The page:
Fish exposed to Microplastics pollution since 1950s
Scientific India|November - December 2021
Plastics is an avoidable thing for modern Pcivilization, it is impossible to picture a future without it. Plastics are ubiquitous and it is included in food packaging, automobiles, clothes, fishing gear, and medical devices. Plastics are highly used because of its features such as lightness, strength, durability, and low cost, among other alternatives. Plastics benefits are overshadowed by their drawbacks, such as their strong resistance to deterioration and the real fact that they get accumulate in nature due to poor management of waste in many parts of the world. This can be particularly noticeable on beaches and in oceans, where currents and wind carry plastic trash.
Monikandon Sukumaran* Kesavan Devarayan and Ramar Marimuthu

Plastics and microplastics

According to Eriksen et al. 2014 there are around 5 trillion plastic bits of all sizes floating in the oceans, which weighs about 250,000 tonnes. Growing awareness of plastic pollution of ocean has led to better plastic waste management, prohibitions were imposed by several nations on the use of microplastics in cosmetics, and in the use of disposable plastic products like shopping bags, cutlery etc. Plastics which are smaller than 5 mm are classified as Microplastics. Microplastics are usually divided into two categories according to the source namely primary and secondary. Microplastics are released into the environment either accidently or through wastewater. Pellets used in the production of bigger plastic goods, as well as microbeads used in cosmetics and industrial processes are the principal sources. Plastic fragmentation, weathering of plastic debris on shorelines, sea, and UV induced brittleness of plastics are the secondary sources of microplastics.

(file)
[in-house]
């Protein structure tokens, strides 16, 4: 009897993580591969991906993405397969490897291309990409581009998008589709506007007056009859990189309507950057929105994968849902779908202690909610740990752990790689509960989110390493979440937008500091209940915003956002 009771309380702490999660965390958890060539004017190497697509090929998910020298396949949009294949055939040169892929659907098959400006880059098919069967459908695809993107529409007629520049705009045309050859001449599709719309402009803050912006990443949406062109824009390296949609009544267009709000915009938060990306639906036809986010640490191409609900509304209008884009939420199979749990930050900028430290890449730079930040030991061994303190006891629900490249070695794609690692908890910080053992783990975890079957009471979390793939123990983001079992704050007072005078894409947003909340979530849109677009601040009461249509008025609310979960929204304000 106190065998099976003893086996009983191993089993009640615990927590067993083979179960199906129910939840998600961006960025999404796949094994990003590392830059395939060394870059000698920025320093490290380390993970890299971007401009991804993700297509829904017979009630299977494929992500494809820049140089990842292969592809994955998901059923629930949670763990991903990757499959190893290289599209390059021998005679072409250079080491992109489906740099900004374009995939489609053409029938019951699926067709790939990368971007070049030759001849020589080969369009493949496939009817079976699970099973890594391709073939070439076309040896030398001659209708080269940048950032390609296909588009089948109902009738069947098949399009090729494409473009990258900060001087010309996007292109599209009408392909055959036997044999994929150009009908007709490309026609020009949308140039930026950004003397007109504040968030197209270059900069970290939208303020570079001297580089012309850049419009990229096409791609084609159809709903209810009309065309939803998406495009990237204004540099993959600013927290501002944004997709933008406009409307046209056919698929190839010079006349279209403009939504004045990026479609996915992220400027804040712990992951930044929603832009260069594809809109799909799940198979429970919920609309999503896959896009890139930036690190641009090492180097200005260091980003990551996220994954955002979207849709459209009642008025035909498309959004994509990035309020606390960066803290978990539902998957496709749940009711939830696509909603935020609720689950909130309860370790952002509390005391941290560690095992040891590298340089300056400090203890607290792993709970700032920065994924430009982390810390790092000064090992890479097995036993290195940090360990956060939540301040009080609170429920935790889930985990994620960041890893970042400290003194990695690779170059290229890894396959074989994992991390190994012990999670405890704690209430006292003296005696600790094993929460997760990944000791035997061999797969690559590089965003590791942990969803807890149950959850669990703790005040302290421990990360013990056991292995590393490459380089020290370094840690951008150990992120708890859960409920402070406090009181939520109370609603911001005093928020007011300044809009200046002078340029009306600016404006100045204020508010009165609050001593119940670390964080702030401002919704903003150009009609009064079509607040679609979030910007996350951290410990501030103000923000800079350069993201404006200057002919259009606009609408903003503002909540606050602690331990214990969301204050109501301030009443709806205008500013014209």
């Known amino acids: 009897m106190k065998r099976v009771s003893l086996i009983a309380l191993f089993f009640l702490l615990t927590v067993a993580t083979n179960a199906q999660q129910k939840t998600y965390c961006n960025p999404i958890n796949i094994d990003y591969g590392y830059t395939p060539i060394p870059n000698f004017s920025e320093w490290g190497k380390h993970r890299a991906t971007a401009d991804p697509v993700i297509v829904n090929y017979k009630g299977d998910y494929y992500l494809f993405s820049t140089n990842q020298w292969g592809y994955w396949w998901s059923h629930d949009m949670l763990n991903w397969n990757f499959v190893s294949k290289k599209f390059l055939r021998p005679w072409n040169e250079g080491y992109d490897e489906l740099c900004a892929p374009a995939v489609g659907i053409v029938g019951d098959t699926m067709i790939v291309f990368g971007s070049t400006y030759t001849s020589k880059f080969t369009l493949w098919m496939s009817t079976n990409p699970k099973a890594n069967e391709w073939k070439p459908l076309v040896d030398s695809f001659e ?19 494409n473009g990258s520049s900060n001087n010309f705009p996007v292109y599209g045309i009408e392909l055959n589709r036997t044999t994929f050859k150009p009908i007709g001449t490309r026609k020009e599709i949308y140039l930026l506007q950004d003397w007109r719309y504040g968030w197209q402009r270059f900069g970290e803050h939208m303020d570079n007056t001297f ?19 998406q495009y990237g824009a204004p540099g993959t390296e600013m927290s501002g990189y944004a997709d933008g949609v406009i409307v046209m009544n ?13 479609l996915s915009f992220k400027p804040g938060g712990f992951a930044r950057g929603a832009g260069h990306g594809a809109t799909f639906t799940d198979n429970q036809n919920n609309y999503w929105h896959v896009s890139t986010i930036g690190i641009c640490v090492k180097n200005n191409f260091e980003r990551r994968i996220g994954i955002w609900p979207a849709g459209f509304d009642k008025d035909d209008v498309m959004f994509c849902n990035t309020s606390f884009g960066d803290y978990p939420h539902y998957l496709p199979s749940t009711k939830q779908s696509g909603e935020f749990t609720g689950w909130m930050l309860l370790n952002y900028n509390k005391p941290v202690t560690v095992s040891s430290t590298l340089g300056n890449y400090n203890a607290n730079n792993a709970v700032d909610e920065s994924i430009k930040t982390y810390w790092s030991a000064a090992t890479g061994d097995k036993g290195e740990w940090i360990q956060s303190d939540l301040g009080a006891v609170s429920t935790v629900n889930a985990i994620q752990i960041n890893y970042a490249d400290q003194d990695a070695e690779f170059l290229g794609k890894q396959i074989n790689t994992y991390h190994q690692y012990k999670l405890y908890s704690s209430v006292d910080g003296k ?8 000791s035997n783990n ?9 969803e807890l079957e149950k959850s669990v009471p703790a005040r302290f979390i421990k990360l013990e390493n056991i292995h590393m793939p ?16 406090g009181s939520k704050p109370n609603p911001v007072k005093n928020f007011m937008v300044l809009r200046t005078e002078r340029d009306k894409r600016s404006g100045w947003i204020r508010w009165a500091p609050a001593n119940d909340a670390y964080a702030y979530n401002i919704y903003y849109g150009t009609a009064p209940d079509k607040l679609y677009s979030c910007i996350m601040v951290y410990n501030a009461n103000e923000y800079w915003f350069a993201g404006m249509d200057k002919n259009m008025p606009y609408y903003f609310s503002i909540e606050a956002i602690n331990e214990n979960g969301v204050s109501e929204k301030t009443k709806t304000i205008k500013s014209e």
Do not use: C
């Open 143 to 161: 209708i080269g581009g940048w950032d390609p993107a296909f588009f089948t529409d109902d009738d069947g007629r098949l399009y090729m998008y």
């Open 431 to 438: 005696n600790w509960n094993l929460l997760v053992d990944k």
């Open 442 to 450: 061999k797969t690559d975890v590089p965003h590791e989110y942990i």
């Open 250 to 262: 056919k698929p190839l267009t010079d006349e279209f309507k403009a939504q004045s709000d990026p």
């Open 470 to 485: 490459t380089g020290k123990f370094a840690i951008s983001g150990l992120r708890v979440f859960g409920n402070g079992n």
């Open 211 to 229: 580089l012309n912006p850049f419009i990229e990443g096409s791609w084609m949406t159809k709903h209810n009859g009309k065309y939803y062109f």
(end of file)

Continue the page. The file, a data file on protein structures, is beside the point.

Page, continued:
Microplastics in Fishes and Bivalves

Rochman and his team conducted a study on the 76 whole fish which includes 11 species purchased from Indonesian fish market and they discovered that gastrointestinal track of these species contains about 28 percentage of plastic waste. The same team has evaluated the 64 whole fish which includes 12 species purchased from California and they identified that 25 percent microplastics are available in the gut of these species.

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